Driverless cars could free up enough space in London to build an extraordinary 180,000 new homes, according to a major new report.
Arcadis, a consultancy that looks at the built environment, says 15,500 acres of land in the capital would be released for other uses once more connected and autonomous vehicles (CAV) – driverless cars – are on the streets of the capital.
In its report, Citizens in Motion, Arcadis forecasts what’s ahead for 14 world cities, including London, when driverless vehicles become commonplace. In London, where there is both a growing population (predicted to grow by a 0.7 every year) and a diminishing housing supply, Arcadis says more than half of all households (54 percent) have at least one vehicle.
With a vast amount of space dedicated to providing parking for those vehicles and the many that commute into London daily, Arcadis suggests driverless vehicles could instead reduce or replace private cars and reduce congestion.
At the moment, there are 27.1 million passenger trips by vehicle every day in London, and more than 4 million people regularly use ride-sharing apps to get around. Removing private vehicles and the car parking areas needed to service them would theoretically create more places for residential development.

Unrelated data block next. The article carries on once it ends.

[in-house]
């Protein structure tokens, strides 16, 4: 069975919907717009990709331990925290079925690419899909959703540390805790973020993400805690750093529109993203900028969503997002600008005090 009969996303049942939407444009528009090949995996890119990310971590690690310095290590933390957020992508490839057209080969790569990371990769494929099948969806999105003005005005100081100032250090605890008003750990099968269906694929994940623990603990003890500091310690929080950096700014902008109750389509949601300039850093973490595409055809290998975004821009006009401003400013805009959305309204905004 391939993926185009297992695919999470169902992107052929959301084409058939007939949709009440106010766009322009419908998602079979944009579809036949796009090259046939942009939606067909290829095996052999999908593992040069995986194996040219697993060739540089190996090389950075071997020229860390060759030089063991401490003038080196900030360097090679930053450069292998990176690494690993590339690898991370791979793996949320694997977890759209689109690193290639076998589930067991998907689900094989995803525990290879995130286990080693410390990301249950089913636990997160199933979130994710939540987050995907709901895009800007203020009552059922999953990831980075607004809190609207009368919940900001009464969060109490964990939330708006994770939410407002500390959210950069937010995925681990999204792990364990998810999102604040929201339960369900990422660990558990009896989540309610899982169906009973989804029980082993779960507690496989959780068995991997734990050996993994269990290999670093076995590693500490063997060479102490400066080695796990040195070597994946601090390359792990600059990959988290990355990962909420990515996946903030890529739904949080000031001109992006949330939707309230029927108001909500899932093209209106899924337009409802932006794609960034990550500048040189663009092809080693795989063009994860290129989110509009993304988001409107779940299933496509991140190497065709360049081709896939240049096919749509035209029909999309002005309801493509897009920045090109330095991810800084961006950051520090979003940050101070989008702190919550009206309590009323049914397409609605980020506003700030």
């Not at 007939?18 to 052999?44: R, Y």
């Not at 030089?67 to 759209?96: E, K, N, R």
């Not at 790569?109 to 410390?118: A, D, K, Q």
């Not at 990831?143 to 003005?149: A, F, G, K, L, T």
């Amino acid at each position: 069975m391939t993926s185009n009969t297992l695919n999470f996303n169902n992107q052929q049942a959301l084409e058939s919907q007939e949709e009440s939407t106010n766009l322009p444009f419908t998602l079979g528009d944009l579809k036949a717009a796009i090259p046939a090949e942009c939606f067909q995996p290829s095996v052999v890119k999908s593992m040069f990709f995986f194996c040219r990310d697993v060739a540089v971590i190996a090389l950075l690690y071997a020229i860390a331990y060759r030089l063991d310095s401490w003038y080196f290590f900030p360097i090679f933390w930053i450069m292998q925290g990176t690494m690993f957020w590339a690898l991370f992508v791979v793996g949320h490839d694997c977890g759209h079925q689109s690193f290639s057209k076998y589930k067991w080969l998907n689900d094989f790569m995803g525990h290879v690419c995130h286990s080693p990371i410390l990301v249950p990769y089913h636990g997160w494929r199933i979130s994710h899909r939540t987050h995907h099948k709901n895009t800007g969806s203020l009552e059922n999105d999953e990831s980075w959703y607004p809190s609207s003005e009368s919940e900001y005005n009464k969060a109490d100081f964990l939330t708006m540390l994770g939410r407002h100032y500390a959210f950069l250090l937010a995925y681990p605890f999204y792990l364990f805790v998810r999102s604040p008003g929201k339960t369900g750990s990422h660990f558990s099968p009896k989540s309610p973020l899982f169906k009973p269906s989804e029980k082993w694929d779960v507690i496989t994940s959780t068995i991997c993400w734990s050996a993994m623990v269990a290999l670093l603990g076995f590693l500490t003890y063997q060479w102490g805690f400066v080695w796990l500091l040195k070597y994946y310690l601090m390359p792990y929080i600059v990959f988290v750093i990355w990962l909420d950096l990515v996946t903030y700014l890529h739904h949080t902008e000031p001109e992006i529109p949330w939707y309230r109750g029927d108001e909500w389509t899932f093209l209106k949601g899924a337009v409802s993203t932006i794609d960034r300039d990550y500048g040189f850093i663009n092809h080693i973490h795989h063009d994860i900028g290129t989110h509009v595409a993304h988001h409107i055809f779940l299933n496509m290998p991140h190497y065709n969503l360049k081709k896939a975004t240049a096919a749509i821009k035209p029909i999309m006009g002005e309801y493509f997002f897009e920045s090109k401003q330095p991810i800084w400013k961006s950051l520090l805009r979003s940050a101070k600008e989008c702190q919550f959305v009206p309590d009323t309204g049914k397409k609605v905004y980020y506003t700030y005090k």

Meanwhile, CAV is being tested in Greenwich as part of a trial led by the Transport Research Laboratory and the Government.
Peter Hogg, UK Cities director at Arcadis, said: “As London moves towards mega city status by 2040, mobility challenges will be ever present. How the city embraces CAV will be a key fork in the road, that will either enhance or frustrate city performance.”
Arcadis concludes that London’s mobility objectives should be: Transform London’s streets; improve public transport; create opportunities for new homes and jobs through encouraging more people to walk, cycle and use public transport by 2041.
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